514 F.3d 1001 (9th Cir. 2008), 06-55556, Silvas v. E*Trade Mortg. Corp.

Docket Nº:06-55556.
Citation:514 F.3d 1001
Party Name:Edna SILVAS; Rodolfo Silvas, Plaintiffs-Appellants, v. E*TRADE MORTGAGE CORPORATION, Defendant-Appellee.
Case Date:January 30, 2008
Court:United States Courts of Appeals, Court of Appeals for the Ninth Circuit

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514 F.3d 1001 (9th Cir. 2008)

Edna SILVAS; Rodolfo Silvas, Plaintiffs-Appellants,



No. 06-55556.

United States Court of Appeals, Ninth Circuit.

January 30, 2008

Argued and Submitted December 5, 2007.

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Norman B. Blumenthal, David R. Markham, Kyle R. Nordrehaug, Blumenthal & Markham, La Jolla, CA, for the plaintiffs-appellants.

Daniel Harris, The Law Offices of Daniel Harris, Chicago, IL, for the plaintiffs-appellants.

Douglas P. Lobel, David A. Vogel, Cooley Godward Kronish, LLP, Reston, VA, for the defendant-appellee.

Lori R.E. Ploeger, Cooley Godward Kronish, LLP, Palo Alto, CA, for the defendant-appellee.

Appeal from the United States District Court for the Southern District of California; Thomas J. Whelan, District Judge, Presiding. D.C. No. CV-05-02348-TJW.


TROTT, Circuit Judge:

Based on the doctrine of preemption, the district court dismissed Plaintiffs-Appellants' class action suit against Defendant-Appellee E*TRADE Mortgage. Appellants argue that the district court erred in applying field preemption to bar their claims. We have jurisdiction pursuant 28 U.S.C. § 1291

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over this timely appeal, and we affirm.



In October 2001, Plaintiffs-Appellants Edna and Rodolfo Silvas began the process of refinancing their mortgage with Defendant-Appellee E*TRADE Mortgage Corporation ("E*TRADE"). During the process, Appellants paid E*TRADE a $400.00 fee to lock-in the interest rate. In November 2001, Appellants elected to rescind the mortgage within the three days allotted for cancellation under the Truth in Lending Act ("TILA"). E*TRADE did not refund Appellants' lock-in fee, and, according to Appellants, it was E*TRADE's corporate policy not to refund the fee.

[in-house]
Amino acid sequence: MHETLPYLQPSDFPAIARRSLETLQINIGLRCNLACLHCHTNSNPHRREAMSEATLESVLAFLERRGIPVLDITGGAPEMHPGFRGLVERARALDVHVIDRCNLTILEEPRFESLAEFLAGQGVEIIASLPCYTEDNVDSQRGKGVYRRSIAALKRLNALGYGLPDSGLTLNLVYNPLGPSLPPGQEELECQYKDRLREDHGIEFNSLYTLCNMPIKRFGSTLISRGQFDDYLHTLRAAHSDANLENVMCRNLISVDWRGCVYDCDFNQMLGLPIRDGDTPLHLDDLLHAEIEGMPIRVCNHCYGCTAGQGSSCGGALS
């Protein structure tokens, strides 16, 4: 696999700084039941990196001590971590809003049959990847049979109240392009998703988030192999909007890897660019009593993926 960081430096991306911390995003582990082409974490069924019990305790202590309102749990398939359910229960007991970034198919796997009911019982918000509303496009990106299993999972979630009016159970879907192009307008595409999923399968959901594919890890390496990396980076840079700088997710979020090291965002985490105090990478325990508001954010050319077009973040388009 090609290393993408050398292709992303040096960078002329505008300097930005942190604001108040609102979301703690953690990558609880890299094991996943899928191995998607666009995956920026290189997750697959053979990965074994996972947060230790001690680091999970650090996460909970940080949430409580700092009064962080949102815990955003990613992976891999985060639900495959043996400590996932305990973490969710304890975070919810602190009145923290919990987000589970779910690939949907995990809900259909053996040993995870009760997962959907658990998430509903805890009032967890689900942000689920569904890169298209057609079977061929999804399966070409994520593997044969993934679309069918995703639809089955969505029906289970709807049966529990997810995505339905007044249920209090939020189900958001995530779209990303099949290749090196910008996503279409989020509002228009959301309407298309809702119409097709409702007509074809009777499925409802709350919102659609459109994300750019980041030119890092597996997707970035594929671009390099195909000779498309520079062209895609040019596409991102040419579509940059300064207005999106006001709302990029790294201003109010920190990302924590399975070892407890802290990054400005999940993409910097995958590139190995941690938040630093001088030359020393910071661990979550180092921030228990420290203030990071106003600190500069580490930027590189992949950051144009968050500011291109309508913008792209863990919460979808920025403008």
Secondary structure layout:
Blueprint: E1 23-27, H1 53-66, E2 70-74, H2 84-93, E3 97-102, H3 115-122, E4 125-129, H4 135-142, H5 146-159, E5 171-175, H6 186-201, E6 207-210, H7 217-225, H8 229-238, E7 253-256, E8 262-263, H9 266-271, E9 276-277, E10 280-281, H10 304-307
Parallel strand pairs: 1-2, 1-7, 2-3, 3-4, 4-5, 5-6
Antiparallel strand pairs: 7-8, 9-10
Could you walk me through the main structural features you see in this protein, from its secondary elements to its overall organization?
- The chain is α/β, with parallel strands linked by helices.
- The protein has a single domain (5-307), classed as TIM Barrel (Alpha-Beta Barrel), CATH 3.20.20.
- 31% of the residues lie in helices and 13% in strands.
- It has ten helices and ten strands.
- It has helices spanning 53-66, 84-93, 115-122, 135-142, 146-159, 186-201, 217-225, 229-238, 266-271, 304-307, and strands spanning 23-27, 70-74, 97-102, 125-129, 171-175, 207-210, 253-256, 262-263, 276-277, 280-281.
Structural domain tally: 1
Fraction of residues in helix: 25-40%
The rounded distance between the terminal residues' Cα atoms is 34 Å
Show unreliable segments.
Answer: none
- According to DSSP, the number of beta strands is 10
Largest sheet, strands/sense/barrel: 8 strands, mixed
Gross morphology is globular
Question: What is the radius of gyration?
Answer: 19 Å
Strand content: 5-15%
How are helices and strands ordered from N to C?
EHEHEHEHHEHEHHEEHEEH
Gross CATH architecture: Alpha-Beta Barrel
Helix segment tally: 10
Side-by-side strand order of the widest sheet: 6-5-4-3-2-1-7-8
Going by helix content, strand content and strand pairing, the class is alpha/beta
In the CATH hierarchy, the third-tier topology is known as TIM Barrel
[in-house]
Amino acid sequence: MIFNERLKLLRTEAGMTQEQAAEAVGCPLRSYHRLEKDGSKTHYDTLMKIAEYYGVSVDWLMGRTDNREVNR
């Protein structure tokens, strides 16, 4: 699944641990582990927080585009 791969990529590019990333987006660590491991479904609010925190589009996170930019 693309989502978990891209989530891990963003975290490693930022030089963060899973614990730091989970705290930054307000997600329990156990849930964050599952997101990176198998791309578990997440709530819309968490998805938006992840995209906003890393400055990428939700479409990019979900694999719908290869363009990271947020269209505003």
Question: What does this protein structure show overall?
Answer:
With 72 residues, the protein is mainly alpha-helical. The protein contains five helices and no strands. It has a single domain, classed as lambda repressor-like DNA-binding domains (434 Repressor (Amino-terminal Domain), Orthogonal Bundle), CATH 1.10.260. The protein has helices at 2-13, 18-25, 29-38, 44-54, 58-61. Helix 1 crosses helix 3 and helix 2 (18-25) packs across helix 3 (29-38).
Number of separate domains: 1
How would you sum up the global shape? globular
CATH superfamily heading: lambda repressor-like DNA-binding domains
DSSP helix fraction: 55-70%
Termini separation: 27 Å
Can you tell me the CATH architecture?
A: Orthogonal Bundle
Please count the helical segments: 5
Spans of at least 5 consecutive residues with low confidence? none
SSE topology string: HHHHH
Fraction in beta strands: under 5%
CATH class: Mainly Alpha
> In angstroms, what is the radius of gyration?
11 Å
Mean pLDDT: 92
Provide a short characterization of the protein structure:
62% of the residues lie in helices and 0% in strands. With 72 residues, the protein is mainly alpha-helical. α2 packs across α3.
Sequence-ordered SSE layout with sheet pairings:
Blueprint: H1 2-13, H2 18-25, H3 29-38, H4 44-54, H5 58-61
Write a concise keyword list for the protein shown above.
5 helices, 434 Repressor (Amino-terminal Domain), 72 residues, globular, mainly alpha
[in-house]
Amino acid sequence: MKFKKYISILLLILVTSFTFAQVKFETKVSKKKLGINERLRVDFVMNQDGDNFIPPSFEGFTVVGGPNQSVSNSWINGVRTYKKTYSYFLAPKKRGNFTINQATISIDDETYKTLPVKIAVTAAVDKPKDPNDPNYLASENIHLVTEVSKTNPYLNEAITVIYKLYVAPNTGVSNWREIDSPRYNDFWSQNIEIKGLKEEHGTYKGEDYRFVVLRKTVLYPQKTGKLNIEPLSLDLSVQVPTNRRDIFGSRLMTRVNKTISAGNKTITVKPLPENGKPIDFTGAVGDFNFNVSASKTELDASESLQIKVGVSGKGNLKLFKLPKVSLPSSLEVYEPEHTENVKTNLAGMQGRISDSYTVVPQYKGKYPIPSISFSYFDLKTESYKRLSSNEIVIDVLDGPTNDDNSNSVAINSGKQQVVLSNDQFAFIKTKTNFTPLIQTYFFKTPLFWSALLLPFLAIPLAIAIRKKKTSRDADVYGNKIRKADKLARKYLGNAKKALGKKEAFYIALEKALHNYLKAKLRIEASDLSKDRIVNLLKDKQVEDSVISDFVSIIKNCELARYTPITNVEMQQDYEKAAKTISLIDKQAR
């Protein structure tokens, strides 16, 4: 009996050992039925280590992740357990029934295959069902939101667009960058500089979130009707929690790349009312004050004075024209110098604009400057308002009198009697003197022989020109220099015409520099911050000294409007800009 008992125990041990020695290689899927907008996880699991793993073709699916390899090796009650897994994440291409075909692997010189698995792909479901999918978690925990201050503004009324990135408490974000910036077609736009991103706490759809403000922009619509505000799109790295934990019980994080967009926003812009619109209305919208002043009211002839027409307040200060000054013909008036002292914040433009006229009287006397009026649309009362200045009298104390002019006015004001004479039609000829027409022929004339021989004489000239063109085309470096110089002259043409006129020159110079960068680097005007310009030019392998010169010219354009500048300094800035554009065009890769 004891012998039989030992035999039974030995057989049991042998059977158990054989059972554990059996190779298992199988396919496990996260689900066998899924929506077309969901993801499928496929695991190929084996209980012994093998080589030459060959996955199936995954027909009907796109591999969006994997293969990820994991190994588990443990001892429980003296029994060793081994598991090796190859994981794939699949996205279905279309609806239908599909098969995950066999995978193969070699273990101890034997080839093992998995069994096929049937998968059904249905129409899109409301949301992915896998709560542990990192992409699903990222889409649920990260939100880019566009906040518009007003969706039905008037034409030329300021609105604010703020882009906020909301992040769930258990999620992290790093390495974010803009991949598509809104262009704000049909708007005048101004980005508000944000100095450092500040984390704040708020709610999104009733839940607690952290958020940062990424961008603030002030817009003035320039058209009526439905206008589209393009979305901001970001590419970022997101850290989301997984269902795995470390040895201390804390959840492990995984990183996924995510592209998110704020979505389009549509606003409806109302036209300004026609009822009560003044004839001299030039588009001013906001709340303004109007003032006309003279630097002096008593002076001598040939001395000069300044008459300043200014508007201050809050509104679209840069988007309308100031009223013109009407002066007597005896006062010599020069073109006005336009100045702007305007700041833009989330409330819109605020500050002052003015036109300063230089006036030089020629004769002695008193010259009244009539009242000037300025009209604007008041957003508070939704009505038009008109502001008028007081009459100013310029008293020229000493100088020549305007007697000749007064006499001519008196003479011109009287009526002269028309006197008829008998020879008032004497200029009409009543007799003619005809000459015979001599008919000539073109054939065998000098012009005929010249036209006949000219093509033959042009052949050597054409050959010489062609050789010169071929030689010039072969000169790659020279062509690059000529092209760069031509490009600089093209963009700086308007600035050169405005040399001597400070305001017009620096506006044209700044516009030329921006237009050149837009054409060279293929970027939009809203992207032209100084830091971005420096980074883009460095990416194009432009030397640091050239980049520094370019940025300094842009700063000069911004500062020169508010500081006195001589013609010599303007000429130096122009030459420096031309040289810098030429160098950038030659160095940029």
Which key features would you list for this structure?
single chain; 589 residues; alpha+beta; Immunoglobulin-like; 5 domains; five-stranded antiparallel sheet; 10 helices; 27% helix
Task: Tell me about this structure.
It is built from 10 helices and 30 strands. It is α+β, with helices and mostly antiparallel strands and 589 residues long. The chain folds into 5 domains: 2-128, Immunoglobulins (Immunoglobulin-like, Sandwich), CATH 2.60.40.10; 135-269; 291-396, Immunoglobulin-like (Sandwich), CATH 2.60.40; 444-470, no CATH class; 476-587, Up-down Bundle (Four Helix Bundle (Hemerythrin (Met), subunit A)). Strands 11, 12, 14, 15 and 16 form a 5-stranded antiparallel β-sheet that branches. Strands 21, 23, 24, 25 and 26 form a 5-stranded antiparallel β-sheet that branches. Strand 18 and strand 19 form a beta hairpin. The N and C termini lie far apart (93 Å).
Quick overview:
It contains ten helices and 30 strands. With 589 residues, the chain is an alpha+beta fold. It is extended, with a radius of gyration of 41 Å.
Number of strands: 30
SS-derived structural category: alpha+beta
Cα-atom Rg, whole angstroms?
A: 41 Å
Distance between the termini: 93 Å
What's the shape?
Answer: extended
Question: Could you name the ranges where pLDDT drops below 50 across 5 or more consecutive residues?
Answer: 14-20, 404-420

Nearly four years later, in September 2005, Appellants filed suit in the Superior Court of Orange County, California. Their complaint alleged that E*TRADE committed unlawful, unfair, and deceptive conduct in violation of California's Unfair Competition Law ("UCL"), §§ 17200 and 17500 of the California Business and Professions Code, by misrepresenting rescission rights under TILA and by failing to provide a refund of the deposit as required by TILA. Although both UCL claims were predicated exclusively on a violation of TILA, Appellants did not assert a claim under TILA itself.

The first claim alleged that E*TRADE violated UCL § 17500, the unfair advertising section, by representing to its customers that its lock-in fee is non-refundable when, under law, it is refundable if the consumer decides to exercise his or her rescission rights under TILA. The complaint further averred that the false statement was made in E*TRADE's website and its customer disclosures and thus constituted false advertising.

The second claim alleged that E*TRADE violated UCL § 17200, the general unfair competition section, in two ways. First Appellants alleged the lock-in policy itself violated UCL § 17200 as an unlawful business act. Second, Appellants alleged that E*TRADE's practice of misrepresenting consumers' legal rights in advertisements and other documents is unfair, deceptive, and contrary to the policy of California.

Appellants brought this class action on behalf of all California residents who, any time after October 1, 2001, paid a lock-in deposit to E*TRADE for a mortgage secured by real property within the state of California and did not get the fee back after canceling an application or the mortgage loan transaction. Appellants sought disgorgement of all lock-in fees E*TRADE collected from class members.

E*TRADE removed the action to the United States District Court for the Central District of California under 28 U.S.C. § 1441(a). Soon after, E*TRADE moved to dismiss the complaint under Federal Rule of Civil Procedure 12(b)(6) on the ground that federal law preempted the UCL claims. The district court granted the motion to dismiss.



A. Standard of Review.

We review de novo a district court's decision to dismiss for failure to state a claim pursuant to Rule 12(b)(6). Knievel v. ESPN, 393 F.3d 1068, 1072 (9th Cir. 2005). All allegations of material fact are taken as true and construed in the light most favorable to the nonmoving party. Id. A complaint must not be dismissed

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unless it appears beyond doubt that the plaintiff can prove no set of facts in support of the claim that would entitle the plaintiff to relief. Homedics, Inc. v. Valley Forge Ins. Co., 315 F.3d 1135, 1138 (9th Cir. 2003). "Questions of statutory interpretation are reviewed de novo, as are questions of preemption." Lopez v. Wash. Mut. Bank, 302 F.3d 900, 903 (9th Cir. 2002) (internal citation omitted).

B. Type of Preemption.

We have identified three ways federal law may preempt state law:

First, Congress may preempt state law by so stating in express terms. Second, preemption may be inferred when federal regulation in a particular field is so pervasive as to make reasonable the inference that Congress left no room for the States to supplement it. In such cases of field preemption, the mere volume and complexity of federal regulations demonstrate an implicit...

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